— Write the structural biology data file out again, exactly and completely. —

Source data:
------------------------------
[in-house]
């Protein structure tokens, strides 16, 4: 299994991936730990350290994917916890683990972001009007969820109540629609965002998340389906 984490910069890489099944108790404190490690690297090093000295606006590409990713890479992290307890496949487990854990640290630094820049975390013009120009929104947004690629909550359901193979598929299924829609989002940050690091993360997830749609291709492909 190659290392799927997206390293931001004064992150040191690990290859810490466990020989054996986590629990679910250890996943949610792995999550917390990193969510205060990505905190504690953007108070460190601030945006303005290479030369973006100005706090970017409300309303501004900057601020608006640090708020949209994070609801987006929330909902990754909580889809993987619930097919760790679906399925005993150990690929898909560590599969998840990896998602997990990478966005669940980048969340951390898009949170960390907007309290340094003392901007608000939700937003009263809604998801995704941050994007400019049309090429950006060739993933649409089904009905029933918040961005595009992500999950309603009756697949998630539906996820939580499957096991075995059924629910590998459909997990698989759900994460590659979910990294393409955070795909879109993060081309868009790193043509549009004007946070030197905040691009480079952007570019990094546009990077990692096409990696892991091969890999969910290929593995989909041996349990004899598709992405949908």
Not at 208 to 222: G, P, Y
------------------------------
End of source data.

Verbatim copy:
[in-house]
């Protein structure tokens, strides 16, 4: 299994991936730990350290994917916890683990972001009007969820109540629609965002998340389906 984490910069890489099944108790404190490690690297090093000295606006590409990713890479992290307890496949487990854990640290630094820049975390013009120009929104947004690629909550359901193979598929299924829609989002940050690091993360997830749609291709492909 190659290392799927997206390293931001004064992150040191690990290859810490466990020989054996986590629990679910250890996943949610792995999550917390990193969510205060990505905190504690953007108070460190601030945006303005290479030369973006100005706090970017409300309303501004900057601020608006640090708020949209994070609801987006929330909902990754909580889809993987619930097919760790679906399925005993150990690929898909560590599969998840990896998602997990990478966005669940980048969340951390898009949170960390907007309290340094003392901007608000939700937003009263809604998801995704941050994007400019049309090429950006060739993933649409089904009905029933918040961005595009992500999950309603009756697949998630539906996820939580499957096991075995059924629910590998459909997990698989759900994460590659979910990294393409955070795909879109993060081309868009790193043509549009004007946070030197905040691009480079952007570019990094546009990077990692096409990696892991091969890999969910290929593995989909041996349990004899598709992405949908």
Not at 208 to 222: G, P, Y